Consolidation means that your various debts, such as credit card bills or loan payments, are rolled into one monthly payment.
If you are unable to make payments on time, you could lose your home.
To decide if debt consolidation is right for you, contact a credit counseling service accredited with either of these organizations: If you have a problem with a lender concerning debt consolidation, you should first contact the lender.
This includes money owed on personal credit card accounts, auto loans, medical bills, and mortgages.
The FDCPA does not cover debts incurred in running a business.
If your debt comes from multiple sources, it can make things much trickier as you juggle multiple payments each month.
Studies released by Urban Institute in July 2014 showed that 35 percent of Americans -- roughly one out of three -- are so behind in their finances that they have debt in collections.
Many states have their own debt collection laws that are different from the federal Fair Debt Collection Practices Act.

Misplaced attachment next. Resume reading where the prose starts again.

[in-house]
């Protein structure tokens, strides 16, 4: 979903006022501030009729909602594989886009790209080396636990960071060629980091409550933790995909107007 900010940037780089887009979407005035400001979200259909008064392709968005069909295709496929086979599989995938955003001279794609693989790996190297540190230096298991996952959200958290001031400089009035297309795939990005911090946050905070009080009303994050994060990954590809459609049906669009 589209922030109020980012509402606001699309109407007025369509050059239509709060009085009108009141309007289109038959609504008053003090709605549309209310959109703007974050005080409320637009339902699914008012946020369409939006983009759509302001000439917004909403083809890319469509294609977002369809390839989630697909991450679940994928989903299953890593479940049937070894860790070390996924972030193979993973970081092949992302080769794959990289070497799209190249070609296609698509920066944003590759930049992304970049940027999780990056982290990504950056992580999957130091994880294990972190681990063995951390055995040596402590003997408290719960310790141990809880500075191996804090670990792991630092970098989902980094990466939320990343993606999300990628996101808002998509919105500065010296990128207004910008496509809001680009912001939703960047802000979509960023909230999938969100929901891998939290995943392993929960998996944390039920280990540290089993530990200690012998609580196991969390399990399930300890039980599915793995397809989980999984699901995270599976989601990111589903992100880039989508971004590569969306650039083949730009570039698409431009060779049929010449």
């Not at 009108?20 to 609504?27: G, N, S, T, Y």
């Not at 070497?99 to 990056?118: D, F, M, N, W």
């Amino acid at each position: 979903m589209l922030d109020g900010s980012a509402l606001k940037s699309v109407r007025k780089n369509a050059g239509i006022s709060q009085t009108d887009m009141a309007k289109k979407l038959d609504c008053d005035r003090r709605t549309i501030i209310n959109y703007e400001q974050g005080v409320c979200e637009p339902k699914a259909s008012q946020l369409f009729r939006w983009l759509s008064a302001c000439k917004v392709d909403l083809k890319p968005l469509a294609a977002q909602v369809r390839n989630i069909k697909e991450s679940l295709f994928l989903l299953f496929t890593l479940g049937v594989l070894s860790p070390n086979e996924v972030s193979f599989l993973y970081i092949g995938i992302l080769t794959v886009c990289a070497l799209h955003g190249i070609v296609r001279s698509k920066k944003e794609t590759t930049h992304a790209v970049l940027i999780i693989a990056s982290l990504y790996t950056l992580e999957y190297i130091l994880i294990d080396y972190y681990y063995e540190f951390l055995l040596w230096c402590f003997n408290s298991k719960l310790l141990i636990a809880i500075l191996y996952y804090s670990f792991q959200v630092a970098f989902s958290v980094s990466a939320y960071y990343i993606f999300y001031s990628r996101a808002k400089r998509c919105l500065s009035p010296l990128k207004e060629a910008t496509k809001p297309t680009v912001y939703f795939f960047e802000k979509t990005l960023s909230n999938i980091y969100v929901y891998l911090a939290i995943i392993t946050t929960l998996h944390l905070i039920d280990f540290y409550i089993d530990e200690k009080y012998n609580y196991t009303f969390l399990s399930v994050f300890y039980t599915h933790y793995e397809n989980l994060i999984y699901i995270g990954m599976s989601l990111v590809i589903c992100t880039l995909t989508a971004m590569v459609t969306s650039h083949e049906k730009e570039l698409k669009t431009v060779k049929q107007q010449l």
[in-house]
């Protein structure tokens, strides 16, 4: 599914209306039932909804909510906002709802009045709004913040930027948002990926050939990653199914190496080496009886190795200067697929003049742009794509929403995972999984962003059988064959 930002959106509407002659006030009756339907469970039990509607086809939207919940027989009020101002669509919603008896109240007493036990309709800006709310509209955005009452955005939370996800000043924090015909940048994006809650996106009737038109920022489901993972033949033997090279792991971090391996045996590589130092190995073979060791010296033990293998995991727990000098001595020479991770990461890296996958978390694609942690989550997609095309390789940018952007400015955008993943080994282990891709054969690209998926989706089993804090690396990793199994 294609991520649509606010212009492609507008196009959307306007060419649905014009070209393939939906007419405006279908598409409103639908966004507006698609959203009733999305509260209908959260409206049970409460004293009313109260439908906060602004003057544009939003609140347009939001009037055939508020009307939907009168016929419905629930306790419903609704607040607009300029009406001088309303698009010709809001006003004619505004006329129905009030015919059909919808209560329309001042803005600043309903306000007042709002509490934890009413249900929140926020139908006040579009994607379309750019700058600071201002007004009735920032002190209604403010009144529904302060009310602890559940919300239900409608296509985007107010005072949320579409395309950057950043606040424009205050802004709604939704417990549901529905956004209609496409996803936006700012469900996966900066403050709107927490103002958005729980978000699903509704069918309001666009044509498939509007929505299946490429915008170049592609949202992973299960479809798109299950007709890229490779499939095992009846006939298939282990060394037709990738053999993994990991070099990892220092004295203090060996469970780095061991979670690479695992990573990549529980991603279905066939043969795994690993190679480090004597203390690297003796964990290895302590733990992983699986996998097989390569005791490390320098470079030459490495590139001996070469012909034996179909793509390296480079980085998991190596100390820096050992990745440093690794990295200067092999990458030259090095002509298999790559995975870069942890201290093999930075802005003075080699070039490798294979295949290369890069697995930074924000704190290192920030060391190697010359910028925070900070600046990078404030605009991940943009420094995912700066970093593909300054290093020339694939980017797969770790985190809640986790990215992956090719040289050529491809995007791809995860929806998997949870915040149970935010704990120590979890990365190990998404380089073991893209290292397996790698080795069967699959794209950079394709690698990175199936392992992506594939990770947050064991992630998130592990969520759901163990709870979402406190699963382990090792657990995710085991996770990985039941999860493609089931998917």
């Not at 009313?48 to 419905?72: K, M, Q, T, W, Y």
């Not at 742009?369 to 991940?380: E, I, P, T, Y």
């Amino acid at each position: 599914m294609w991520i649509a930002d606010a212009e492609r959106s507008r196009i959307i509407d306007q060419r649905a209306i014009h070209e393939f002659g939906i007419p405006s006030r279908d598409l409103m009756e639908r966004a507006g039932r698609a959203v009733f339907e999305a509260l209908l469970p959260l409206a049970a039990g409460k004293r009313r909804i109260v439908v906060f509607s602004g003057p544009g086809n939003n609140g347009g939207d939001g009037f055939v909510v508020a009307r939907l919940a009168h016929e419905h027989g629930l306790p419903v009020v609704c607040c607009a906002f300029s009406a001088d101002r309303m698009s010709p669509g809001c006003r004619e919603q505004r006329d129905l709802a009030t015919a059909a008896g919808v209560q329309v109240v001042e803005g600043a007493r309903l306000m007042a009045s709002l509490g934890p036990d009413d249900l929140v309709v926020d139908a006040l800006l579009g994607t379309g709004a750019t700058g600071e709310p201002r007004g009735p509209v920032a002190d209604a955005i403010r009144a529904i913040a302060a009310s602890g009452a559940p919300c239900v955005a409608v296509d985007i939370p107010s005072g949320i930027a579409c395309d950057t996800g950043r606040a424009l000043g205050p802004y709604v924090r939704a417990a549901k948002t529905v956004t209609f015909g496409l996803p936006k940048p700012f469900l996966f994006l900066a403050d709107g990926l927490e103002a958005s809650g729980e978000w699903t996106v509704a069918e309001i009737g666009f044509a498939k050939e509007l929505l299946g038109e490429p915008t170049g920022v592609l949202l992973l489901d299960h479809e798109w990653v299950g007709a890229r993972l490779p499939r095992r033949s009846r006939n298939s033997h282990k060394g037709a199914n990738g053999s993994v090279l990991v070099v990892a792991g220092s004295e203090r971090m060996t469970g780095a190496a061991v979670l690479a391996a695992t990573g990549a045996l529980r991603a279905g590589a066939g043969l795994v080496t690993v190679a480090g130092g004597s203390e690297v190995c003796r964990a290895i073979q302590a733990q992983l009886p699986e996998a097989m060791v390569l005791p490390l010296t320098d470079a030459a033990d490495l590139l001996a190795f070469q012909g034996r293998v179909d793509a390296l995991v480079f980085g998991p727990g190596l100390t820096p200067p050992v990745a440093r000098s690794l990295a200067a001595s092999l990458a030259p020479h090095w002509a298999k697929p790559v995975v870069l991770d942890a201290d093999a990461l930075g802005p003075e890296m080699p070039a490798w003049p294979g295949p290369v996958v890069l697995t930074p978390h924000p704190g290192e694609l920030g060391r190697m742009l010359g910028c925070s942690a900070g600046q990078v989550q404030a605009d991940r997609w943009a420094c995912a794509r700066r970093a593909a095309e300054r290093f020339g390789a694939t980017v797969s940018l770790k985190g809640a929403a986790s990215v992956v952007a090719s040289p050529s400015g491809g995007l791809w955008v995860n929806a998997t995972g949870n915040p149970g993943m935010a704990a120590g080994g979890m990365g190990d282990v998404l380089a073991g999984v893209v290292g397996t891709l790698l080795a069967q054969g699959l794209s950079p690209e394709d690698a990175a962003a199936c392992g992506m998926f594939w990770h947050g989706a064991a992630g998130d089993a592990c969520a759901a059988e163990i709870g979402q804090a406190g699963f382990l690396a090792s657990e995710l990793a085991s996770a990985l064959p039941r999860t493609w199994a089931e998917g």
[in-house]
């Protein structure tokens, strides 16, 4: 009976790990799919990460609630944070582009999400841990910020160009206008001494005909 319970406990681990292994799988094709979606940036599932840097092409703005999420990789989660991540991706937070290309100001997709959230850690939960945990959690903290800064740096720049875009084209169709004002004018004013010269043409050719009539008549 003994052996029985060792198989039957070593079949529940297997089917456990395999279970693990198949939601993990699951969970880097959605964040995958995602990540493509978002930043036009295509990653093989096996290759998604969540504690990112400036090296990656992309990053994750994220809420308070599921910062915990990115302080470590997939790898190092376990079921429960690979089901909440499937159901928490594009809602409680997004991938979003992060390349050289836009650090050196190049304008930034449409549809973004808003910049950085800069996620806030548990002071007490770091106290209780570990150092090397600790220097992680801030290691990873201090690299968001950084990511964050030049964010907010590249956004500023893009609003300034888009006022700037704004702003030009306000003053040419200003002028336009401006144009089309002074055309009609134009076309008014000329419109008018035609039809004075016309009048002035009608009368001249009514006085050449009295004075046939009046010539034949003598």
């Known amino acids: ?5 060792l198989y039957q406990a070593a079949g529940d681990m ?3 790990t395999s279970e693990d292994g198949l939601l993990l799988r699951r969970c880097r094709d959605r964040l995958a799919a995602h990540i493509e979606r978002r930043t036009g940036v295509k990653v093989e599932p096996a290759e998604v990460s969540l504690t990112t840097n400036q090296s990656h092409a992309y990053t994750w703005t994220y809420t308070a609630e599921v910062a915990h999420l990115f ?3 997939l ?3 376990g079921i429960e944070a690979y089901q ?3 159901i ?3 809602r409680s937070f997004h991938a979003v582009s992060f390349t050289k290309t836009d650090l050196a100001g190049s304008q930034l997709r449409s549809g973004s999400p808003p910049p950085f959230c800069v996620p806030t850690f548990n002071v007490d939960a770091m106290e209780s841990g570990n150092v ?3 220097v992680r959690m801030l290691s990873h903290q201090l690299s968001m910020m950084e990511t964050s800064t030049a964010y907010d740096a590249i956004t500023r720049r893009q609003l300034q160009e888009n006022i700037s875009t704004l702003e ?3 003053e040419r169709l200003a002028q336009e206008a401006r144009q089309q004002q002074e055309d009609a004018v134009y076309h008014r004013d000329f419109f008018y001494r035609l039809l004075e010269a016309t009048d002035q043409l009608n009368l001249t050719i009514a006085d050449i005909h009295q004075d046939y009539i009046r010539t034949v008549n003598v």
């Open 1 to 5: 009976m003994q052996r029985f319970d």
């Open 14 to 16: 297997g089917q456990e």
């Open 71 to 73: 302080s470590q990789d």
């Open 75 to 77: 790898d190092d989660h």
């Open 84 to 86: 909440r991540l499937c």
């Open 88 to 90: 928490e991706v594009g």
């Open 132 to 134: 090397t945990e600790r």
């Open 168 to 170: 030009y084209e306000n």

Your state Attorney General’s office can help you find out your rights under your state’s law.
Within five days after a debt collector first contacts you, the collector must send you a written notice that tells you the name of the creditor, how much you owe, and what action to take if you believe you do not owe the money.
If you owe the money or part of it, contact the creditor to arrange for payment.
With a home equity loan, the lender advances you the total loan amount upfront, while a home equity credit line provides a source of funds that you can draw on as needed.